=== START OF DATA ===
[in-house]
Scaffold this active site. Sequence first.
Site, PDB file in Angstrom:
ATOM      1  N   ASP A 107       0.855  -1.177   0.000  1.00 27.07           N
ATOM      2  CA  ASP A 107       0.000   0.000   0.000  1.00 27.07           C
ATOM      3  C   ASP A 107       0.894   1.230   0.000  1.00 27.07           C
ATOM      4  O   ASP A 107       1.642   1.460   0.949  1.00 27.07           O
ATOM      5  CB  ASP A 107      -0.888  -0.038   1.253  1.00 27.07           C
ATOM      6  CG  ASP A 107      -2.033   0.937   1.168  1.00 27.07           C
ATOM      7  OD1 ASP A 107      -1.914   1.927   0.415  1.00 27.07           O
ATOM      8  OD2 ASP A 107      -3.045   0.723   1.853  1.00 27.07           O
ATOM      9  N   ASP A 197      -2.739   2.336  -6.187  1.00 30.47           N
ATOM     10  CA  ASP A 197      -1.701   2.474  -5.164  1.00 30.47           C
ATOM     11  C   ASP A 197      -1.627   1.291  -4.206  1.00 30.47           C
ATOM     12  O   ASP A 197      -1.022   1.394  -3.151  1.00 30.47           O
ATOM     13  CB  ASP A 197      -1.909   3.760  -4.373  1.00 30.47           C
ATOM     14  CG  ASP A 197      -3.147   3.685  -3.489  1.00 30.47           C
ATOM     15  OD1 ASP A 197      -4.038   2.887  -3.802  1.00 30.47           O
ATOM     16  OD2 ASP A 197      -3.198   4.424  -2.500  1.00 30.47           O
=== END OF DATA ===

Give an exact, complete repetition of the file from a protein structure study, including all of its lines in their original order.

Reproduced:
[in-house]
Scaffold this active site. Sequence first.
Site, PDB file in Angstrom:
ATOM      1  N   ASP A 107       0.855  -1.177   0.000  1.00 27.07           N
ATOM      2  CA  ASP A 107       0.000   0.000   0.000  1.00 27.07           C
ATOM      3  C   ASP A 107       0.894   1.230   0.000  1.00 27.07           C
ATOM      4  O   ASP A 107       1.642   1.460   0.949  1.00 27.07           O
ATOM      5  CB  ASP A 107      -0.888  -0.038   1.253  1.00 27.07           C
ATOM      6  CG  ASP A 107      -2.033   0.937   1.168  1.00 27.07           C
ATOM      7  OD1 ASP A 107      -1.914   1.927   0.415  1.00 27.07           O
ATOM      8  OD2 ASP A 107      -3.045   0.723   1.853  1.00 27.07           O
ATOM      9  N   ASP A 197      -2.739   2.336  -6.187  1.00 30.47           N
ATOM     10  CA  ASP A 197      -1.701   2.474  -5.164  1.00 30.47           C
ATOM     11  C   ASP A 197      -1.627   1.291  -4.206  1.00 30.47           C
ATOM     12  O   ASP A 197      -1.022   1.394  -3.151  1.00 30.47           O
ATOM     13  CB  ASP A 197      -1.909   3.760  -4.373  1.00 30.47           C
ATOM     14  CG  ASP A 197      -3.147   3.685  -3.489  1.00 30.47           C
ATOM     15  OD1 ASP A 197      -4.038   2.887  -3.802  1.00 30.47           O
ATOM     16  OD2 ASP A 197      -3.198   4.424  -2.500  1.00 30.47           O